- Started exercising after their first center visit
Presented at the International Parkinson and Movement Disorders Society Congress in 2016.
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What Is Parkinson’s Disease
Parkinson’s disease is the second most common neurodegenerative disorder and the most common movement disorder. Characteristics of Parkinsons disease are progressive loss of muscle control, which leads to trembling of the limbs and head while at rest, stiffness, slowness, and impaired balance. As symptoms worsen, it may become difficult to walk, talk, and complete simple tasks.
The progression of Parkinson’s disease and the degree of impairment vary from person to person. Many people with Parkinson’s disease live long productive lives, whereas others become disabled much more quickly. Complications of Parkinsons such as falling-related injuries or pneumonia. However, studies of patent populations with and without Parkinsons Disease suggest the life expectancy for people with the disease is about the same as the general population.
Most people who develop Parkinson’s disease are 60 years of age or older. Since overall life expectancy is rising, the number of individuals with Parkinson’s disease will increase in the future. Adult-onset Parkinson’s disease is most common, but early-onset Parkinson’s disease , and juvenile-onset Parkinson’s disease can occur.
Injury Rates For People With Pd Predicted By Parkinsons Severity
This study researched falls among people with PD. The study proved that the rate of injury increases with Parkinsons severity independently of a persons age or PD stage. The study showed that those with the highest fall risk are men with rapid rate of progression and a comorbidity .
Presented at the World Parkinsons Congress in 2016.
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What Are The Symptoms Of End
Stage four for Parkinsons disease is often called advanced Parkinsons disease because people in this stage experience severe and incapacitating symptoms. This is when medication doesnt help as much and serious disabilities set in.
Theres an increased severity in:
- How you speak a softer voice that trails off.
- Falling and trouble with balance and coordination.
- Freezing a sudden, but temporary inability to move, when you start to walk or change direction.
- Moving without assistance or a wheelchair.
- Other symptoms such as constipation, depression, loss of smell, low blood pressure when going to stand up, pain, and sleep issues.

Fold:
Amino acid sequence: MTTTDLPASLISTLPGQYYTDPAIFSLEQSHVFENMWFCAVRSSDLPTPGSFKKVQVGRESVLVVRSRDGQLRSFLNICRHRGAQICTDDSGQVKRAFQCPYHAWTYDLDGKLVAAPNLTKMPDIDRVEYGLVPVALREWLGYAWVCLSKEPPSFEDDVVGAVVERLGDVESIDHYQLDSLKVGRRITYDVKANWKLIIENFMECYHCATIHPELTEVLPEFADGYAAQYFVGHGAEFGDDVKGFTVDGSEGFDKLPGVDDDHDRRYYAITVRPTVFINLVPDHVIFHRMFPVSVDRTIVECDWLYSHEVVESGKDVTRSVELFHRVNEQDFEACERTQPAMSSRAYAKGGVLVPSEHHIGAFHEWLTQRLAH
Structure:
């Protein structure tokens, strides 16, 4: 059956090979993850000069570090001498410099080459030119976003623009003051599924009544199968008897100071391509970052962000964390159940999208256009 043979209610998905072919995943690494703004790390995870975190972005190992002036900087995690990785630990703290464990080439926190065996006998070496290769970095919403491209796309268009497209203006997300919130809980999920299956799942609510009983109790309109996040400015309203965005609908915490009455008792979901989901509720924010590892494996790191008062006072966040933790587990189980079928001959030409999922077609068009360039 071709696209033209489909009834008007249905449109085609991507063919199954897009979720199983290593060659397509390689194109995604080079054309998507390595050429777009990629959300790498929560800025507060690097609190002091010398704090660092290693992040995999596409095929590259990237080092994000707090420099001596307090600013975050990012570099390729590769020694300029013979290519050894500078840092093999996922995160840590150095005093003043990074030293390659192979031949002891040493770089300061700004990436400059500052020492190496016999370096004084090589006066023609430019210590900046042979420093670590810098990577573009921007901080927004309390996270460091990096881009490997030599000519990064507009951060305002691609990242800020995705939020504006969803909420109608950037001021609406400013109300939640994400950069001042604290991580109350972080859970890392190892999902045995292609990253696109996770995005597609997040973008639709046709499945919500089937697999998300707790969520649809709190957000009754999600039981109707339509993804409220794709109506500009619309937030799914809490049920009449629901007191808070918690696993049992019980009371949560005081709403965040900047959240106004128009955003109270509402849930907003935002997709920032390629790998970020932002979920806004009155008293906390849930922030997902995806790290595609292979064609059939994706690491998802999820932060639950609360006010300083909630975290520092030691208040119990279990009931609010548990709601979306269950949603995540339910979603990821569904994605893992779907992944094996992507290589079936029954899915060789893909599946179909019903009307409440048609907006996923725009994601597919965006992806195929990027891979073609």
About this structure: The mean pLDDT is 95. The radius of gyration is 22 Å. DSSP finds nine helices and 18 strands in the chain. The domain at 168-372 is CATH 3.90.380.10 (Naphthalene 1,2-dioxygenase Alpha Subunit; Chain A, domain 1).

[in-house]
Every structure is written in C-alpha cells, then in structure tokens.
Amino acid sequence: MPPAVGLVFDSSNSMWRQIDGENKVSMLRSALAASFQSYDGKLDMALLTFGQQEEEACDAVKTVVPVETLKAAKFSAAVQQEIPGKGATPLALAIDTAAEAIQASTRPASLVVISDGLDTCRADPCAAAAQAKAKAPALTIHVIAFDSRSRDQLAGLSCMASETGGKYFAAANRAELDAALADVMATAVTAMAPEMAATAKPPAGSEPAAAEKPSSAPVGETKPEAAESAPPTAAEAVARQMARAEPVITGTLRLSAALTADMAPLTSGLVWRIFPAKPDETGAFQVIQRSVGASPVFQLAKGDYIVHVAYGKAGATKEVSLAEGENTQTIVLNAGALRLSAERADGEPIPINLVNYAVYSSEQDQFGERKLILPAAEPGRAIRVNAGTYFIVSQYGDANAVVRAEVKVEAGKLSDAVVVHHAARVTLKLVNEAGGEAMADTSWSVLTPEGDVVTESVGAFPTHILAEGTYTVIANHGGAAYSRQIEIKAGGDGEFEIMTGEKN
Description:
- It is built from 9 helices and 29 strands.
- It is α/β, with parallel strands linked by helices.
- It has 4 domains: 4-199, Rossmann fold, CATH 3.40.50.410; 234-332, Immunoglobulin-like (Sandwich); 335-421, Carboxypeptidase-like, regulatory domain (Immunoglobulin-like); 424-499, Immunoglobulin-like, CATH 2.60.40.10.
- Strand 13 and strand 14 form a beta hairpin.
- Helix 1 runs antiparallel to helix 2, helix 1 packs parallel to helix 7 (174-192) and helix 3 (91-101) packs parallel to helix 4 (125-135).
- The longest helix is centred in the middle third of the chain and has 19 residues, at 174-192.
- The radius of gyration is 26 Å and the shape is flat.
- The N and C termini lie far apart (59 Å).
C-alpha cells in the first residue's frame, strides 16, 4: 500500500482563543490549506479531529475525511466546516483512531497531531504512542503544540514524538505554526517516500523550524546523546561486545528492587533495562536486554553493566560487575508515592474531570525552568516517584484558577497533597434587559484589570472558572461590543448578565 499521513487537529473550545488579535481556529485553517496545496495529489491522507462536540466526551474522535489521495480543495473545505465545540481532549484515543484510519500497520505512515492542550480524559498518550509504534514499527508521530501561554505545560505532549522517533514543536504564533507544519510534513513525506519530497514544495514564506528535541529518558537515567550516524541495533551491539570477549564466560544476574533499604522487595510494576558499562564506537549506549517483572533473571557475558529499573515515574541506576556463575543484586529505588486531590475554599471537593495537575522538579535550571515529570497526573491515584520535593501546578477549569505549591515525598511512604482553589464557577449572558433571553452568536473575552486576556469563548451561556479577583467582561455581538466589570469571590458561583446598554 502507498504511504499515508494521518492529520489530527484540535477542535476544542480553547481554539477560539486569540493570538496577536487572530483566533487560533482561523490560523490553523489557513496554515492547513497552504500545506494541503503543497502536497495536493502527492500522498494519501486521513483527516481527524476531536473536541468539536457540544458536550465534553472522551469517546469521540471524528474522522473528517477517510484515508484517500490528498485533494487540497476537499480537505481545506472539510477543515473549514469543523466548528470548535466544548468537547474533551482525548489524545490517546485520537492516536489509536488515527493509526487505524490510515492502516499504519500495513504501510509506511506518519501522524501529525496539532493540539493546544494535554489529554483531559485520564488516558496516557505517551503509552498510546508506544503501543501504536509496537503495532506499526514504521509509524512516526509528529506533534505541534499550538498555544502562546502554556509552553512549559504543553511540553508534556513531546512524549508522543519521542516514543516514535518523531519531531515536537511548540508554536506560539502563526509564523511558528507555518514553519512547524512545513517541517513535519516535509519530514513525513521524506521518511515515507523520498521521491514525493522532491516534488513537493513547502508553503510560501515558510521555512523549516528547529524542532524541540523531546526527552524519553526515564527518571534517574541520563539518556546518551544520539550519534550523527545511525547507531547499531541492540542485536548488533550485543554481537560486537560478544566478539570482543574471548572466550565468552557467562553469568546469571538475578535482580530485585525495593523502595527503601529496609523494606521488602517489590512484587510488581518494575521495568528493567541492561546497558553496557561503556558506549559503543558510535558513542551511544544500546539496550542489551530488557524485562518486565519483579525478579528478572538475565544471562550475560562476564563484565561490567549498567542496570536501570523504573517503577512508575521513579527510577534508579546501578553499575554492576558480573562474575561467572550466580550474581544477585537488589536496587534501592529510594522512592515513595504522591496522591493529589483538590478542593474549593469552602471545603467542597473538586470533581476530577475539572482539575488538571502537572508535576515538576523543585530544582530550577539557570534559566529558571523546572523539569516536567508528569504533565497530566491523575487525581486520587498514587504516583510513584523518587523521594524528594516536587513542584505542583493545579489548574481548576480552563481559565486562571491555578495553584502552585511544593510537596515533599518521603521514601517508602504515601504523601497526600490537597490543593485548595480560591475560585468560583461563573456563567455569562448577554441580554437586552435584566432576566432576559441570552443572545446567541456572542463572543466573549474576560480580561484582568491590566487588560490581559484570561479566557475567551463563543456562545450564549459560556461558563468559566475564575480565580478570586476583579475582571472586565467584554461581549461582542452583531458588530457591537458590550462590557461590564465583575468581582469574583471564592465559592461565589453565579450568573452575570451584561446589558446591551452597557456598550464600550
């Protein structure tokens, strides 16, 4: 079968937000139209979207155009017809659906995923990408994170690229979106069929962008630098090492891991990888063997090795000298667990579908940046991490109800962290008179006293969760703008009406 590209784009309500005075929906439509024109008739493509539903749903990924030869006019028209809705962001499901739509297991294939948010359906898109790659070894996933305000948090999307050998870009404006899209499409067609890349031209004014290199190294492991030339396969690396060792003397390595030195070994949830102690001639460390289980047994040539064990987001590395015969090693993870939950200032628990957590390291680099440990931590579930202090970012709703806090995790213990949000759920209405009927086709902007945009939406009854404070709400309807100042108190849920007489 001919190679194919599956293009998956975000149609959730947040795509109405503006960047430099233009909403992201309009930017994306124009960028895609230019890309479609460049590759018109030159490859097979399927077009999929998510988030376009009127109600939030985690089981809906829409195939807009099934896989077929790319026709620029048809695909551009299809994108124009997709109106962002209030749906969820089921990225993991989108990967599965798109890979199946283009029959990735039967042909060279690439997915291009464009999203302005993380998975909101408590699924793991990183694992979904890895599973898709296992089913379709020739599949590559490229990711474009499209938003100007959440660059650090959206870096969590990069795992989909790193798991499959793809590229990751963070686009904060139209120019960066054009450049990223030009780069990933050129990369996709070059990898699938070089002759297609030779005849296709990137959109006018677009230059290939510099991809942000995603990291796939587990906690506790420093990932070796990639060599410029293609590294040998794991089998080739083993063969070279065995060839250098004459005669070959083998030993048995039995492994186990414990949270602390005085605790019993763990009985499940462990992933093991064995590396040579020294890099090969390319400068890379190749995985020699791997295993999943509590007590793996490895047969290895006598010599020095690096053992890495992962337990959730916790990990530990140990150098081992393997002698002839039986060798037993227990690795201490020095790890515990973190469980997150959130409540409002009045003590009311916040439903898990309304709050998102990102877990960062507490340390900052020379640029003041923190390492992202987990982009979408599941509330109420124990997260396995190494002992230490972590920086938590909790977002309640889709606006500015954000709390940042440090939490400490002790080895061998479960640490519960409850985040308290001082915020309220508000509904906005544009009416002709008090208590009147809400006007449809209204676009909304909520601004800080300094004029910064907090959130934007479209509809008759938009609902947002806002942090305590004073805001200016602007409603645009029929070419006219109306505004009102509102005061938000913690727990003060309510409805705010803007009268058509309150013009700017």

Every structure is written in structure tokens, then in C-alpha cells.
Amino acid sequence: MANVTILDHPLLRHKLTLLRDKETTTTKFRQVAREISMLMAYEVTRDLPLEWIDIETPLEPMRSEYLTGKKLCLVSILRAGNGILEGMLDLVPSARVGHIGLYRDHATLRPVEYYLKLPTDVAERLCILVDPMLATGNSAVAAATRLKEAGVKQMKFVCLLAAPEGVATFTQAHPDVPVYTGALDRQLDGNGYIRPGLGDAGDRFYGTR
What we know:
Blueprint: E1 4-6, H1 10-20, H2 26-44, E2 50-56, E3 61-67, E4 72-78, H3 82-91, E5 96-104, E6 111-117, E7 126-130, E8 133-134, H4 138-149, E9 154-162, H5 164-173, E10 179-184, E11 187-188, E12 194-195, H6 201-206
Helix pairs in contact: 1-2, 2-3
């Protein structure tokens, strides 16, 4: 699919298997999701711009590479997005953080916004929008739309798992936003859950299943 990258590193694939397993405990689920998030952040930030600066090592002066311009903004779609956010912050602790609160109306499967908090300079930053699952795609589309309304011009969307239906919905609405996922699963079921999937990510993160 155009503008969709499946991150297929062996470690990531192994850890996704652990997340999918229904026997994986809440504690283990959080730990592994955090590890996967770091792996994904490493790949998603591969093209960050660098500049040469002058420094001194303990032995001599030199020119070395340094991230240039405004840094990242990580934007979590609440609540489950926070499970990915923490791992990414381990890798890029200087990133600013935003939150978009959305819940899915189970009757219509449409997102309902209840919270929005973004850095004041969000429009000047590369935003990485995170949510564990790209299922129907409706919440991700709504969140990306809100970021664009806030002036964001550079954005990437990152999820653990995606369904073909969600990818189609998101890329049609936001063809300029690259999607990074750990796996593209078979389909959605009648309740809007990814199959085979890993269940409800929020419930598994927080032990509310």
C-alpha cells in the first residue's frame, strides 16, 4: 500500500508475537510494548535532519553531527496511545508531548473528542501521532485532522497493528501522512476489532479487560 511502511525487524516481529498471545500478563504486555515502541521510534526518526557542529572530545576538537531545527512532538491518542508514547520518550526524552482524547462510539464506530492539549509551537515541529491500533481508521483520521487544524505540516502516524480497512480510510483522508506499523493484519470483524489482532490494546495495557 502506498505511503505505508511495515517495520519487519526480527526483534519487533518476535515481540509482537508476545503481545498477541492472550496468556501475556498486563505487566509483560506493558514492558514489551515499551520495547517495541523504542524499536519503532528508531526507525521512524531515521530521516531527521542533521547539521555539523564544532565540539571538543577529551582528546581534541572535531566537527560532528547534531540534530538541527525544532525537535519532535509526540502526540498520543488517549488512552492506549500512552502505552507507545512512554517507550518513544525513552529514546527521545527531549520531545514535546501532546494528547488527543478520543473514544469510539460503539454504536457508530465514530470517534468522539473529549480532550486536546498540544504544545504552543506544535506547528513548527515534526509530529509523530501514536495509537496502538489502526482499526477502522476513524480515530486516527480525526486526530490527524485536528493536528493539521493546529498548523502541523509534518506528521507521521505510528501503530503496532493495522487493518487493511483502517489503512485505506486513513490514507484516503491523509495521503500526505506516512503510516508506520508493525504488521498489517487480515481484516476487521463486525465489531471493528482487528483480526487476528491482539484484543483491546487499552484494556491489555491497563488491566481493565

Many times someone with advanced PD cant live on their own and needs help with daily tasks.
Stage five is the final stage of Parkinsons, and assistance will be needed in all areas of daily life as motor skills are seriously impaired. You may:
- Experience stiffness in your legs. It may make it impossible to walk or stand without help.
- Need a wheelchair at all times or are bedridden.
- Need round-the-clock nursing care for all activities.
- Experience hallucinations and delusions.
As Parkinsons disease progresses into these advanced stages, its symptoms can often become increasingly difficult to manage. Whether you or your loved one with end-stage Parkinsons lives at home, in an assisted living facility or a nursing home, hospice services can optimize your quality of life and that of your family members as well.
Drugs To Treat Parkinsons Disease
Study conducted by medical researchers have compared two drugs named Levodopa and Pramipexole, which is employed generally as the first treatment line associated with the parkinsons disease problem. These drugs use various mechanisms to counteract with declining in the dopamine production in human brain, which is a result of progressive cell loss to secrete neuro chemicals in human brain. Levodopa is a type of amino acid, which human body metabolizes to form dopamine. On the other side, Pramipexole is a type of dopamine agonist, which binds with dopamine receptors present on cells in human brain and mimics the molecular function associated with the chemical.
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Functional Mobility In Pd: Icf
In order to improve patients global health status and reduce disease burden associated with functional immobility, it is important to understand a patients personal needs, activity and environment . In this section, we present the three levels of human functioning included in the ICF framework: 1) the impairments to body structures and functions relevant to PD patients functional mobility 2) how the activities that compose functional mobility are compromised by these impairments, in a functional perspective 3) participation restrictions that PD patients may encountered, induced by functional mobility limitations 4) lastly, some examples of frequent personal and environmental factors that influence the first three domains are presented .